So our "new" house was built in 1941. At the time it was a 3br 2ba sitting on 12 acres. Over the years it evolved to 4br after the back porch was closed in to make a spare room, a laundry room, and a mud room. Some land was sold off at some point so now we have 6.3 acres (roughly 2 acres are wooded). The property is also home of 60+ pecan trees of different varieties. If I ever get the motivation to harvest them I could probably have a decent side gig! Anyway, our old place had a name, Club Oswe
I had forgotten about this blog. I've never had anything like this before so it as easy to forget. So last time we spoke I had bought a "new" truck and I was learning the ropes of detailing. I also talked about having too many hobbies. Well, I still have those hobbies and I still rotate them every year (the gaming side has pretty much died off). And the laziness is making a real comeback...
The year I bought my truck (2015) was a very eventful one. It started off with me acting like a mecha
So I left off in November, 2014 with something that would eventually lead me to this forum. The transmission in my 2000 Silverado kicked the bucket. I had 3 options; pay someone to fix it, fix it myself, or get a new truck. I am very much a DIYer and I am fairly knowledgeable when it comes to working on cars. So I figured I can get all the info I need online for rebuilding my transmission.
I found a guy on YouTube that goes step by step rebuilding a 4L60E. I bought a rebuild kit and started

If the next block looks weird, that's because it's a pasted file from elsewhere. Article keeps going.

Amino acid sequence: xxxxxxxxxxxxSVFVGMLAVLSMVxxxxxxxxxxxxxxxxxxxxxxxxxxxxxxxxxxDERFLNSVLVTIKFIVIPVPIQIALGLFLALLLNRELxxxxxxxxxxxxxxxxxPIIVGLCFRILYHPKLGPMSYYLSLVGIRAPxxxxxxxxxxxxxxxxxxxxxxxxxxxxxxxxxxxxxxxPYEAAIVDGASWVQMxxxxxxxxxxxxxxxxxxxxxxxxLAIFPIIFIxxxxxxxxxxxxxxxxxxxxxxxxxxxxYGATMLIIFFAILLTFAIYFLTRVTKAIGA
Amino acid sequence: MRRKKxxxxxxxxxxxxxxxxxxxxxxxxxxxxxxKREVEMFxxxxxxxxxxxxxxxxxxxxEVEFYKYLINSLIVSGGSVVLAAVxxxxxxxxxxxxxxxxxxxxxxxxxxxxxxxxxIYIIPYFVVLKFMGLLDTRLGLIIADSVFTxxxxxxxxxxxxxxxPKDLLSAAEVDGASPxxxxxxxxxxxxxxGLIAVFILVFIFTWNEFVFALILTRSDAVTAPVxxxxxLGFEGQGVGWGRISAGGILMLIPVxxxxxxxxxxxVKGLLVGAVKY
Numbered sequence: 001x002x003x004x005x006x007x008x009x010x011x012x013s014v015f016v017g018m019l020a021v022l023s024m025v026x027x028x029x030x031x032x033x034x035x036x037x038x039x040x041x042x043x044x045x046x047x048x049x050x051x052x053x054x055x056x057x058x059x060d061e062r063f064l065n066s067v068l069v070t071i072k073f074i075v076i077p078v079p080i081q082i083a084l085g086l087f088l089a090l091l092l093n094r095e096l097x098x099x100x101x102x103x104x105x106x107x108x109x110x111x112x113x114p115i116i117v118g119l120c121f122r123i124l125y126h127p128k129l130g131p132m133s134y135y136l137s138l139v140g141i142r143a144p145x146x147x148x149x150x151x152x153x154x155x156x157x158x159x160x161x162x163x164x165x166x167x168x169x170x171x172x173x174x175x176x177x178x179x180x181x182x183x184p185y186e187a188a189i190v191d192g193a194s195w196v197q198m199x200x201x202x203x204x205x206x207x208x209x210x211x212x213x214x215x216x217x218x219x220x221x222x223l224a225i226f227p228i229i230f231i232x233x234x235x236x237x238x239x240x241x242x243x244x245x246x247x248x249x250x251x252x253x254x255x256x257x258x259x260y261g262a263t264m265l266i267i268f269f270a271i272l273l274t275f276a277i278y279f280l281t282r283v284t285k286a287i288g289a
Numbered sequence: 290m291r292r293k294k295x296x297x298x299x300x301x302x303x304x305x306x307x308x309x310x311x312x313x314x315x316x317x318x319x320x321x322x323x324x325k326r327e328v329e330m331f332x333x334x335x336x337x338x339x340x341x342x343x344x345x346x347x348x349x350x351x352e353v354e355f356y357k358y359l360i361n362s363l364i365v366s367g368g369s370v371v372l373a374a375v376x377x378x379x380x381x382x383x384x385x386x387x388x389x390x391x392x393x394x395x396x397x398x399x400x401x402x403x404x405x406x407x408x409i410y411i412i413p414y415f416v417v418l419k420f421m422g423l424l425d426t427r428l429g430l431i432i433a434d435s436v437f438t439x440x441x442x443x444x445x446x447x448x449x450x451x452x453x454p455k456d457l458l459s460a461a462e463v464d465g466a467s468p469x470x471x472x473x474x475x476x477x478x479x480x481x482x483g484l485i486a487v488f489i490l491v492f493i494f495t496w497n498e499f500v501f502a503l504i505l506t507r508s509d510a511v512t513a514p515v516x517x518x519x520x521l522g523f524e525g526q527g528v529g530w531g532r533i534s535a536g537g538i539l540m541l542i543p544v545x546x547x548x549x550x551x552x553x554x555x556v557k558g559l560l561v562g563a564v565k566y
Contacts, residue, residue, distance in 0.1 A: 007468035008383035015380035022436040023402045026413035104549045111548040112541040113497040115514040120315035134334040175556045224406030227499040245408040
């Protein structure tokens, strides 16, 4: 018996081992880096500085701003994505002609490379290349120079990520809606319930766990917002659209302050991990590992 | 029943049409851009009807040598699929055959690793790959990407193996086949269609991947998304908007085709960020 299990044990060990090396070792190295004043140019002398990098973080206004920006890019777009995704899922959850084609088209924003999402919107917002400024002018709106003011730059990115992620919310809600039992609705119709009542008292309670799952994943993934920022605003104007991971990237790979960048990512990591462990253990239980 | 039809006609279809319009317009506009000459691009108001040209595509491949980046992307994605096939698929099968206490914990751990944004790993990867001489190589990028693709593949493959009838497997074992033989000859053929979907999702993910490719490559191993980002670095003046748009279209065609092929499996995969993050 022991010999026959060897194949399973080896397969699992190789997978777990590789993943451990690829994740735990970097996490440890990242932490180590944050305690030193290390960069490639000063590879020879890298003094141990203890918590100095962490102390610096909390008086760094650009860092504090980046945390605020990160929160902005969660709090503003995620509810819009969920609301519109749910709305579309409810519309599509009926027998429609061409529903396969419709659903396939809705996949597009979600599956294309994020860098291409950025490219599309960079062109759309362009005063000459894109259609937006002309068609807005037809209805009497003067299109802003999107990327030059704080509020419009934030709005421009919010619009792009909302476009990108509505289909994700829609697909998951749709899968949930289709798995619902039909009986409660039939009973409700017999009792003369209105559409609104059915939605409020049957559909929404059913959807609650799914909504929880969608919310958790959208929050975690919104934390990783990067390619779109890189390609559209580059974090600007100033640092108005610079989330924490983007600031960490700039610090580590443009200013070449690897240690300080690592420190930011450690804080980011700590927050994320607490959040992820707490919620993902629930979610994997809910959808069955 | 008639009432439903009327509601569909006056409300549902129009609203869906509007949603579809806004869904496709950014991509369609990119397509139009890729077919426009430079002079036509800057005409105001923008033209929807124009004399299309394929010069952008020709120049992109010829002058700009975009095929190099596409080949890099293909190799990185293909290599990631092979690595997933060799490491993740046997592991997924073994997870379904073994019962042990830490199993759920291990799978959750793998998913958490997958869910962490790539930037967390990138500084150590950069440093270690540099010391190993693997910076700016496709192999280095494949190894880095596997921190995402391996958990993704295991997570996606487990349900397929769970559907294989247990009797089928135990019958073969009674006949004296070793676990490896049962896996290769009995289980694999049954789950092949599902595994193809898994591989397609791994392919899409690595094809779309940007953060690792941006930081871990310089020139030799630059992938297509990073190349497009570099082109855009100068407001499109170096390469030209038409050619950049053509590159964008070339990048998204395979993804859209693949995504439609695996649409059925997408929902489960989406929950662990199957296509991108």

I have been big my whole life. Now, my definition of big is solely based on my bigness, if you will. I can remember around 4th or 5th grade (i think) they were weighing all the kids in gym class. The 8th grader (who seemed like a grown-up) told me "you weight a hundred pounds!". It sounded like a big deal, but I had no idea what it really meant. My weight never really bothered me until that puberty, but even then there wasn't anything I could do about it. My family has never been "healthy" eater
Imagine not being able to filter all the visual and auditory stimulation you are exposed to every day. That’s what it’s like to be autistic: processing your own environment in order to differentiate between what’s important and what isn’t is something you actually have to physically do. When A.J. Paron-Wildes received the news her son, Devin, had autism, she didn’t know what that meant or how it would change her life. But she made it her business to figure it out.
Do your research